The deep burble exhaust note is unique to the SRT4 and is attributed to the fact that this vehicle comes sans mufflers. That’s right, there are no mufflers attached to the exhaust system!

Aside from its distinctive exhaust note, the SRT4 has some unique styling features that distinguish it from a regular Neon. The front clip has been heavily modified and suggests an aftermarket “aero” package has been applied. A large functional scoop sits atop the uniquely-designed steel hood, capturing air and feeding it to the engine. Peering through the quad vents in the nose, one can easily notice the wide grey cast aluminum intercooler lurking in the shadows. Apparently the folks at DaimlerChrysler were going to paint the intercooler black at one point but later decided to leave it grey providing it with that preferred “tuner” character trait.

The aft view further suggests performance with a swooping spoiler perched ten inches off the deck lid. Rounding out the aft view are the purposeful dual chrome 2.5-inch exhaust tips protruding through the lower rear valance.

2005 Dodge SRT4
2005 Dodge SRT4; photo courtesy Chrysler Canada. Click image to enlarge

The 17-inch wheels resemble an aftermarket product and are wrapped in BF Goodrich P205/50ZR-17 skins. The SRT4 will easily leave a “footprint” on the black top when the throttle is punched and the turbocharger kicks in.

One of the most impressive things about this vehicle is that it can act civilized, and even be docile at times, safely and easily transporting you and your family to the movies, to soccer games and yes, even to the grocery store.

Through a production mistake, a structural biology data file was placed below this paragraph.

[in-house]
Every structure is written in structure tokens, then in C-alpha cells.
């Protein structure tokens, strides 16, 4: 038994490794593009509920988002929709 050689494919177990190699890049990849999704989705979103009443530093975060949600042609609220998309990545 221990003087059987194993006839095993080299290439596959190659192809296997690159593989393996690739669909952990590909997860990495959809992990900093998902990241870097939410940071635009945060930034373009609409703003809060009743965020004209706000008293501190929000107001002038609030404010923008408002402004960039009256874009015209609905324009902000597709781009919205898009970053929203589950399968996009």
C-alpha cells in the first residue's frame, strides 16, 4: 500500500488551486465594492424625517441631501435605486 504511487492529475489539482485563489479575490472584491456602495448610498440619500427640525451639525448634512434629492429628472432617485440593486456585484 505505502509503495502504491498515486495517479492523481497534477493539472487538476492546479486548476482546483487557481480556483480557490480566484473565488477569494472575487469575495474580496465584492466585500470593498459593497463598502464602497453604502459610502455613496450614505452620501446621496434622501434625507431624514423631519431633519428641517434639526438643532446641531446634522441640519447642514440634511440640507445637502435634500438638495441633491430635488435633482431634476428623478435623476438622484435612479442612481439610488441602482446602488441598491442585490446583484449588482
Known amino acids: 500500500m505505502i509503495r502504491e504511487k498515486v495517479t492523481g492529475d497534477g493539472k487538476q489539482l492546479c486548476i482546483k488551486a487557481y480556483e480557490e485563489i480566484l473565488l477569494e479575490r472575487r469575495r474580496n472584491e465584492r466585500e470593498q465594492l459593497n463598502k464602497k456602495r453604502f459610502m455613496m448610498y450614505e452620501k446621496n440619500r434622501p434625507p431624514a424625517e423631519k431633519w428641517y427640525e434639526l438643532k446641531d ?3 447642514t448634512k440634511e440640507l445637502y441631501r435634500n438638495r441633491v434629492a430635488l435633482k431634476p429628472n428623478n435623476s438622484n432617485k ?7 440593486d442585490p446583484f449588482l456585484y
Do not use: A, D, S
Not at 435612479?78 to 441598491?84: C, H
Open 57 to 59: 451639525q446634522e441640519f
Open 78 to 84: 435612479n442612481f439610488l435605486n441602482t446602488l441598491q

Turning it into a beast simply requires “punching” the accelerator: this docile four-door compact car becomes a howling banshee complete with the clear and present whistle sound created by the Mitsubishi turbocharger.

The dash layout is very similar to that of the Neon’s, but the SRT4 was outfitted with a unique gauge cluster with silver faces, black digits and polished bezels. To the right of the main gauge pod sits the silver turbo boost/vacuum gauge providing the driver with that all-important boost data, the type that brings a smile to ones face when you punch the throttle.

2004 Dodge SRT4
2004 Dodge SRT4; photo by Laurance Yap. Click image to enlarge

The steering wheel has a faux carbon-fibre look to it complete with leather wraps and is of a unique three spoke design. Shifting through the five gears is done via a neat cue-ball looking (and feeling) shift knob that is satin silver in colour.

As with the Neon, the SRT4’s front windows are powered, while the rear windows have to be “cranked.” I suspect more often than not the rear seats rarely carry passengers, so this is likely not to be an issue.

DaimlerChrysler initially set out to produce three thousand SRT4s per year, however nearly thirteen thousand vehicles were produced for both the 2004 and 2005 model years. Unfortunately, once the Neon platform was retired, so was the original SRT4, to be replaced in 2008 by the Caliber SRT-4.

For further information on the SRT4 there are any number of web sites that will provide you with accurate technical and performance data. A good place to start would be the SRT Forums.